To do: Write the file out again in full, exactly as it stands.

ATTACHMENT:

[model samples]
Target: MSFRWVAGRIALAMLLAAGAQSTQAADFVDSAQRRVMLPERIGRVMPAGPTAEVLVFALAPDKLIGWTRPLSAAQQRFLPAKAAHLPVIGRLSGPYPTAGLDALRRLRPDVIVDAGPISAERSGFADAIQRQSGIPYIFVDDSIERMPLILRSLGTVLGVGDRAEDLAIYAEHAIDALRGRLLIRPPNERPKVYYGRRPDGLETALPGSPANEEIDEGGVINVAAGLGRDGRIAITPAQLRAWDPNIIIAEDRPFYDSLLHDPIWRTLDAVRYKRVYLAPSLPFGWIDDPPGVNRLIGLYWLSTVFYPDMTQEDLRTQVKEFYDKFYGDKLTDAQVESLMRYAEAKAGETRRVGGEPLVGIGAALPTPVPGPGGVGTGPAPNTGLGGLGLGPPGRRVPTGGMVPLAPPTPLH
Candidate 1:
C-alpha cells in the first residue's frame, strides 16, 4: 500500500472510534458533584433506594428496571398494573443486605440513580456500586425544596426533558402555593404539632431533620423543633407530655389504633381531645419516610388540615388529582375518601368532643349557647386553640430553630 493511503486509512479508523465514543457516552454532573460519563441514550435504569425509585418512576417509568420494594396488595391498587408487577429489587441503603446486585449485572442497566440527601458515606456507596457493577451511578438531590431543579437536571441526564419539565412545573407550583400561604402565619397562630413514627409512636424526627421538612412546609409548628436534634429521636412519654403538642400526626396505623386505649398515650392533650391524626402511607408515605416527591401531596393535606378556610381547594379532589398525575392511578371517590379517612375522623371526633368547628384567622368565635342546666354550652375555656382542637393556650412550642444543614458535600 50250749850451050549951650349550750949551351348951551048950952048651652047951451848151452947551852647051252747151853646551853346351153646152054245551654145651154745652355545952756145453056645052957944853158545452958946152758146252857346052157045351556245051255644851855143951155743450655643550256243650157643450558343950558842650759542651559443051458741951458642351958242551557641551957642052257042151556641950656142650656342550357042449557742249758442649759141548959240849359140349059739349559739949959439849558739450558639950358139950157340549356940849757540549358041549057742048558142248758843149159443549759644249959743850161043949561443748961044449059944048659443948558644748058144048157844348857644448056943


[model samples]
Target: MSFRWVAGRIALAMLLAAGAQSTQAADFVDSAQRRVMLPERIGRVMPAGPTAEVLVFALAPDKLIGWTRPLSAAQQRFLPAKAAHLPVIGRLSGPYPTAGLDALRRLRPDVIVDAGPISAERSGFADAIQRQSGIPYIFVDDSIERMPLILRSLGTVLGVGDRAEDLAIYAEHAIDALRGRLLIRPPNERPKVYYGRRPDGLETALPGSPANEEIDEGGVINVAAGLGRDGRIAITPAQLRAWDPNIIIAEDRPFYDSLLHDPIWRTLDAVRYKRVYLAPSLPFGWIDDPPGVNRLIGLYWLSTVFYPDMTQEDLRTQVKEFYDKFYGDKLTDAQVESLMRYAEAKAGETRRVGGEPLVGIGAALPTPVPGPGGVGTGPAPNTGLGGLGLGPPGRRVPTGGMVPLAPPTPLH
Candidate 1:
C-alpha cells in the first residue's frame, strides 16, 4: 500500500472510534458533584433506594428496571398494573443486605440513580456500586425544596426533558402555593404539632431533620423543633407530655389504633381531645419516610388540615388529582375518601368532643349557647386553640430553630 493511503486509512479508523465514543457516552454532573460519563441514550435504569425509585418512576417509568420494594396488595391498587408487577429489587441503603446486585449485572442497566440527601458515606456507596457493577451511578438531590431543579437536571441526564419539565412545573407550583400561604402565619397562630413514627409512636424526627421538612412546609409548628436534634429521636412519654403538642400526626396505623386505649398515650392533650391524626402511607408515605416527591401531596393535606378556610381547594379532589398525575392511578371517590379517612375522623371526633368547628384567622368565635342546666354550652375555656382542637393556650412550642444543614458535600 50250749850451050549951650349550750949551351348951551048950952048651652047951451848151452947551852647051252747151853646551853346351153646152054245551654145651154745652355545952756145453056645052957944853158545452958946152758146252857346052157045351556245051255644851855143951155743450655643550256243650157643450558343950558842650759542651559443051458741951458642351958242551557641551957642052257042151556641950656142650656342550357042449557742249758442649759141548959240849359140349059739349559739949959439849558739450558639950358139950157340549356940849757540549358041549057742048558142248758843149159443549759644249959743850161043949561443748961044449059944048659443948558644748058144048157844348857644448056943